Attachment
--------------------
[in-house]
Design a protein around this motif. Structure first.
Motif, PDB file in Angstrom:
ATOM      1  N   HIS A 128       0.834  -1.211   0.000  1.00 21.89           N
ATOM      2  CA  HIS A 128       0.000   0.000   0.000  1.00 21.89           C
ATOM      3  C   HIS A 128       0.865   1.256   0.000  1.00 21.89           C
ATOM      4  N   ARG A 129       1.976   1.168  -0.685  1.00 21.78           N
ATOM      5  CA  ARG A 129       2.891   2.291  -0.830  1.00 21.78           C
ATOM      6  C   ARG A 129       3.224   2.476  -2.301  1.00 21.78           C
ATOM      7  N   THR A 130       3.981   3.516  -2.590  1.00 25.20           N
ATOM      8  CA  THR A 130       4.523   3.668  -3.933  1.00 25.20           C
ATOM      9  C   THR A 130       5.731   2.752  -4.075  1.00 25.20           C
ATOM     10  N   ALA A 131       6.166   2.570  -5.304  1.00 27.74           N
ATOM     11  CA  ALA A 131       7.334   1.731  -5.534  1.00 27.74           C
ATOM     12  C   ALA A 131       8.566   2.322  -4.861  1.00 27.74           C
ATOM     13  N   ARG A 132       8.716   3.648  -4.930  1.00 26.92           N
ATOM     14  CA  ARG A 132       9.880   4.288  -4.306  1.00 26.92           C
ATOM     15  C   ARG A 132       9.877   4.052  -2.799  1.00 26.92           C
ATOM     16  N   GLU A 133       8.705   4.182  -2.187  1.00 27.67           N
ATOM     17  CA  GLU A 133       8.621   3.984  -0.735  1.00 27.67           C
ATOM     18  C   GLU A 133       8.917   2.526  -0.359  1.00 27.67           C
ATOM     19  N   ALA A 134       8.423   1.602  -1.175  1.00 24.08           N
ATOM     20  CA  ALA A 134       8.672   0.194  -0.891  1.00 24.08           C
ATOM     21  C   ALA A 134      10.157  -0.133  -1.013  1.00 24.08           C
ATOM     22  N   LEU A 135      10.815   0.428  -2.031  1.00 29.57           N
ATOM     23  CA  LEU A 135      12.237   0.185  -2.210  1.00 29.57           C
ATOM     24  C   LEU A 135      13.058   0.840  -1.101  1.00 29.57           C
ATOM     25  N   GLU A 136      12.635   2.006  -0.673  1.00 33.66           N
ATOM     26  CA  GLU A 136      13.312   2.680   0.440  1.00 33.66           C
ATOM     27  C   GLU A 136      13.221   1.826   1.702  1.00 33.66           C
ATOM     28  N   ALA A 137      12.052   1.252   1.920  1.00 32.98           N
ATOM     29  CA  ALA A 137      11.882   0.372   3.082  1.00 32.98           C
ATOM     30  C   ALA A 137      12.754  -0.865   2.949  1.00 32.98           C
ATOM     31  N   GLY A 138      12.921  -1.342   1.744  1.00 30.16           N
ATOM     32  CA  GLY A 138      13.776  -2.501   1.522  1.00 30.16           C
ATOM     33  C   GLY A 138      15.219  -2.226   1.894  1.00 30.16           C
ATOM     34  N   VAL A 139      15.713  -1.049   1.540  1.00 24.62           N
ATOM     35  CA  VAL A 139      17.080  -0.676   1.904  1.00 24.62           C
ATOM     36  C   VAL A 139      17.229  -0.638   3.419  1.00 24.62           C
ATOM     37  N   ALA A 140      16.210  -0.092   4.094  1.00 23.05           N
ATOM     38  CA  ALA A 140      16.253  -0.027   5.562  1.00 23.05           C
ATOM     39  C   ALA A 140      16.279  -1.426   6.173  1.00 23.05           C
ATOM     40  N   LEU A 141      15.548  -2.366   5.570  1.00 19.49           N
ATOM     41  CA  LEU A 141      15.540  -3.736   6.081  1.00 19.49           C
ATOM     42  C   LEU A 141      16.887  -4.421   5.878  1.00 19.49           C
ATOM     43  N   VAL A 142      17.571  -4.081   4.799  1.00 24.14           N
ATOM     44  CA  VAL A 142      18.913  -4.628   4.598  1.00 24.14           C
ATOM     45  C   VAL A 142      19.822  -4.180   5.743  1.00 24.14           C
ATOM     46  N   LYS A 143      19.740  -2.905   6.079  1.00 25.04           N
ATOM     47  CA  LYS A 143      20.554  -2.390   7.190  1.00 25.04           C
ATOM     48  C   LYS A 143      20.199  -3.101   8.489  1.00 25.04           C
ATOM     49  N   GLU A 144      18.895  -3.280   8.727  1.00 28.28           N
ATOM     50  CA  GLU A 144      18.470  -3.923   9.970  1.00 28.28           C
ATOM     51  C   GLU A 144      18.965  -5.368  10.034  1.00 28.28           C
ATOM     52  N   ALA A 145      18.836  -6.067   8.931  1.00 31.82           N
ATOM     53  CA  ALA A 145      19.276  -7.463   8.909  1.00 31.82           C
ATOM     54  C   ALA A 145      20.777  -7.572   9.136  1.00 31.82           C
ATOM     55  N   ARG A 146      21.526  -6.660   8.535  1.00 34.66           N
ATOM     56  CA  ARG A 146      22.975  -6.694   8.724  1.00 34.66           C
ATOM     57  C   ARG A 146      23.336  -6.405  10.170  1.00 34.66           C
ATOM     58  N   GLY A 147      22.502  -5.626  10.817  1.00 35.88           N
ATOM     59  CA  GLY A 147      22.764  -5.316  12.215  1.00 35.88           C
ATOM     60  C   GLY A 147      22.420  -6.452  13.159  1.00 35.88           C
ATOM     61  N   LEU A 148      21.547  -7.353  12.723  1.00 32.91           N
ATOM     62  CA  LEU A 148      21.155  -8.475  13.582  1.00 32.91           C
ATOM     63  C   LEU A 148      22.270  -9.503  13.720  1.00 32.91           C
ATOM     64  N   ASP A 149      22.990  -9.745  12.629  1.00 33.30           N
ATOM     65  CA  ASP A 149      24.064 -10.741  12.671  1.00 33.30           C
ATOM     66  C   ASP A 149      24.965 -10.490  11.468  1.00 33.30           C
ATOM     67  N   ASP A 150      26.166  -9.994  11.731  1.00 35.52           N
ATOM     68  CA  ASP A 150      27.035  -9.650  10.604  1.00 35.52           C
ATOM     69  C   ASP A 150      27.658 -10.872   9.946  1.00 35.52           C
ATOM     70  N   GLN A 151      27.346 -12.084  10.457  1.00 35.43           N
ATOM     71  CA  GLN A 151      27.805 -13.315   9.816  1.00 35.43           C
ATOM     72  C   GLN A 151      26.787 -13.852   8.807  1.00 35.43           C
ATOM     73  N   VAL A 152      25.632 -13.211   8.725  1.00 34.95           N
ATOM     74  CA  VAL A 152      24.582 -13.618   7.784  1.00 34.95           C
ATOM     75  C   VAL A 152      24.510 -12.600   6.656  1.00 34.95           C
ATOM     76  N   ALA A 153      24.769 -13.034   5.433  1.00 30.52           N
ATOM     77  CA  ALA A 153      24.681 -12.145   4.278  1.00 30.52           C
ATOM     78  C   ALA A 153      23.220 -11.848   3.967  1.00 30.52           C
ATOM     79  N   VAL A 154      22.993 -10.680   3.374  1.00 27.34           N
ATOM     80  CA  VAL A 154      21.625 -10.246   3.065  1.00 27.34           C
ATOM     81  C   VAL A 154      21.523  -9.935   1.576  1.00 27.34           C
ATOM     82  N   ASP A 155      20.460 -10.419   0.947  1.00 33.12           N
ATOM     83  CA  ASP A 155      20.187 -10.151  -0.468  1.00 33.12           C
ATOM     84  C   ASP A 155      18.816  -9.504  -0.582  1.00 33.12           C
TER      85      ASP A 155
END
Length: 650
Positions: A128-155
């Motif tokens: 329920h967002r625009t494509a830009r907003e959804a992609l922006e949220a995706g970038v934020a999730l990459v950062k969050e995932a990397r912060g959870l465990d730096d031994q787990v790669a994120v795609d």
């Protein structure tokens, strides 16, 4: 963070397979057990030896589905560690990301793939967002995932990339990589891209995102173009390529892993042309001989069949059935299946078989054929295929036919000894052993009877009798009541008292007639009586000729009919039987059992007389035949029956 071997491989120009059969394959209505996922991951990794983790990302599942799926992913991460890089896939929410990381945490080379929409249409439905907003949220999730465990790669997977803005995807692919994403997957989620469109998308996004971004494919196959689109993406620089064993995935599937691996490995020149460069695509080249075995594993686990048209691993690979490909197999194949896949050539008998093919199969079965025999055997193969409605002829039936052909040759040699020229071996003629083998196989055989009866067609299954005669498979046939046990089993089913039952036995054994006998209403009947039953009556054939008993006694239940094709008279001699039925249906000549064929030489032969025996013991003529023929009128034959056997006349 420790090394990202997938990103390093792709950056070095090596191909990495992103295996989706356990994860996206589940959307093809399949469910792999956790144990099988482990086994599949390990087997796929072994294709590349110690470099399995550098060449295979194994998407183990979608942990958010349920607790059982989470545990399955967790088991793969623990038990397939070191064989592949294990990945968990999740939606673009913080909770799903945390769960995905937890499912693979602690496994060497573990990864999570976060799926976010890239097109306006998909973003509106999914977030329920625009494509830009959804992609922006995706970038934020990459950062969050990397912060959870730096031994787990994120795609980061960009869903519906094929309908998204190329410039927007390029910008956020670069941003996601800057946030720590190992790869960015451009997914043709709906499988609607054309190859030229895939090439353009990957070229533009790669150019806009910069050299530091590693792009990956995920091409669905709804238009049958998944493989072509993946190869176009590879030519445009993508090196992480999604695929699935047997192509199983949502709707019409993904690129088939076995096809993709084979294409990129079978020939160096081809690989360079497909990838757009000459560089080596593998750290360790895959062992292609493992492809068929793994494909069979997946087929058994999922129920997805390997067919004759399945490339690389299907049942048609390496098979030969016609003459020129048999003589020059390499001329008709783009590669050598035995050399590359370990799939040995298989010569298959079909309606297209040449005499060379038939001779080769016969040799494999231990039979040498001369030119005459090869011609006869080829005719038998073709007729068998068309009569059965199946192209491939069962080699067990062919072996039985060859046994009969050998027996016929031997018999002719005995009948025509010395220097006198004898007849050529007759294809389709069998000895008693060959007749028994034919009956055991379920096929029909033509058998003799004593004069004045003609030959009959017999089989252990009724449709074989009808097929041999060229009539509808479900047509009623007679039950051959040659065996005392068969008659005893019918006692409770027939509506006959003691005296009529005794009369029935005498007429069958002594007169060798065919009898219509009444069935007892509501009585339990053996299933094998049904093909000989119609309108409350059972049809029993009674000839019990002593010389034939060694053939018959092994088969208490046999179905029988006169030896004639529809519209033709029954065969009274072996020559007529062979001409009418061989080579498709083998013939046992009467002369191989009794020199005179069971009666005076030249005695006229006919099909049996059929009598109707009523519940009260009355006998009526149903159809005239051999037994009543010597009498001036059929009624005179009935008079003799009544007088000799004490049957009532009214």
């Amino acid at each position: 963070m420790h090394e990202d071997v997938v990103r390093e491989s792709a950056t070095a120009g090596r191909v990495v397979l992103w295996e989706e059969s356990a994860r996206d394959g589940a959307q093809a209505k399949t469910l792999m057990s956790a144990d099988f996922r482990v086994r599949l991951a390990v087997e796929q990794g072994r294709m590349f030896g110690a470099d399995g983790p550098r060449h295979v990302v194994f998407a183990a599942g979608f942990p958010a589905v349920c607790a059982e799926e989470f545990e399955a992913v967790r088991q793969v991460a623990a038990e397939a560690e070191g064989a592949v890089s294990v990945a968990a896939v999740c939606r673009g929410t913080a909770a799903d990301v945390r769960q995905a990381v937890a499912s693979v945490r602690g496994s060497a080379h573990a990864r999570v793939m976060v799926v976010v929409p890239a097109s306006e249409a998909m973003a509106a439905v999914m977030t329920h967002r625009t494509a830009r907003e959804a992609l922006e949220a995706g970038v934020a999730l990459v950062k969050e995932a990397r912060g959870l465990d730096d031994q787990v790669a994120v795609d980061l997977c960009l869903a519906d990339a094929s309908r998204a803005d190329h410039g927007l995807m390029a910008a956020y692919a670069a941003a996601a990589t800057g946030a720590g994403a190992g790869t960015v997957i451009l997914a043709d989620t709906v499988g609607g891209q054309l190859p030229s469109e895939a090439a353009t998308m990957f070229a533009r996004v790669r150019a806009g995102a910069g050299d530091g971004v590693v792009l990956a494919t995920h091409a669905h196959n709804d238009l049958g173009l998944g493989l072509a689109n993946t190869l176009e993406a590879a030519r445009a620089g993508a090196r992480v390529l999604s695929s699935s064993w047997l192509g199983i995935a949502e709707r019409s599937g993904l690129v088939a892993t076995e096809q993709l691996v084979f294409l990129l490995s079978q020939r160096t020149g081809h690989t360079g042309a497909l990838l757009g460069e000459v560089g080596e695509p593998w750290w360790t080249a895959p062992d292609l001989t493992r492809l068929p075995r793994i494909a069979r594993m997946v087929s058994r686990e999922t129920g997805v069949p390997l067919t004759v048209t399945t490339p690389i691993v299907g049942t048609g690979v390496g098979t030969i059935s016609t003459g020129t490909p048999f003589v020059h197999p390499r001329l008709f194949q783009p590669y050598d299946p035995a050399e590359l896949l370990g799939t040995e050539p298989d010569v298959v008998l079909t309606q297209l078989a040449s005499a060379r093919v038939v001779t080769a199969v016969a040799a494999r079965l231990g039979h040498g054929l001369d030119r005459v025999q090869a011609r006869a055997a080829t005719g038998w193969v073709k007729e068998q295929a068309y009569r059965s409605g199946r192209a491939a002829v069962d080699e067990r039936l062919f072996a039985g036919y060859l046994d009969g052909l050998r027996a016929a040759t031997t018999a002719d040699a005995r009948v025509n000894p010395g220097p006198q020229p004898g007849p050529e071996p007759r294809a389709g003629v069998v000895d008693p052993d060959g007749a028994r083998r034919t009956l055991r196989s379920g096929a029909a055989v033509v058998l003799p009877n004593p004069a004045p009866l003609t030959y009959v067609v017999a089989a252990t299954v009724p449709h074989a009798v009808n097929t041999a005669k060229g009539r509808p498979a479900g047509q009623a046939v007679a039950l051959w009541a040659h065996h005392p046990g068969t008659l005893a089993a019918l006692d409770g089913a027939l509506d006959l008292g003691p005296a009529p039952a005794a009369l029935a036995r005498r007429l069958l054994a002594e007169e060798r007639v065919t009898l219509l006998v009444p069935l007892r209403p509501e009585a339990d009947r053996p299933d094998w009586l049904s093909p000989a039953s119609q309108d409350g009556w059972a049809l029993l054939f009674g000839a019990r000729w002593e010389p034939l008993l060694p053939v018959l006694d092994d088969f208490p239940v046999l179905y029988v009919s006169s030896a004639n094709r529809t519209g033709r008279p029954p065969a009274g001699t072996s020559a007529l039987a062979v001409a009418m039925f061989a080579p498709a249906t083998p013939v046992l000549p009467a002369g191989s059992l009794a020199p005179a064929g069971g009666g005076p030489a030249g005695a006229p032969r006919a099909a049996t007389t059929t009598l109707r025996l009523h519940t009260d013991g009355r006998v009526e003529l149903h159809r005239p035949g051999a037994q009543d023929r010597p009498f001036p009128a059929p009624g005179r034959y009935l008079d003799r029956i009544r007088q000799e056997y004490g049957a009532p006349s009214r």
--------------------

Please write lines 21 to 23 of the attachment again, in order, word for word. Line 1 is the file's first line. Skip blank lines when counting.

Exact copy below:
ATOM     18  C   GLU A 133       8.917   2.526  -0.359  1.00 27.67           C
ATOM     19  N   ALA A 134       8.423   1.602  -1.175  1.00 24.08           N
ATOM     20  CA  ALA A 134       8.672   0.194  -0.891  1.00 24.08           C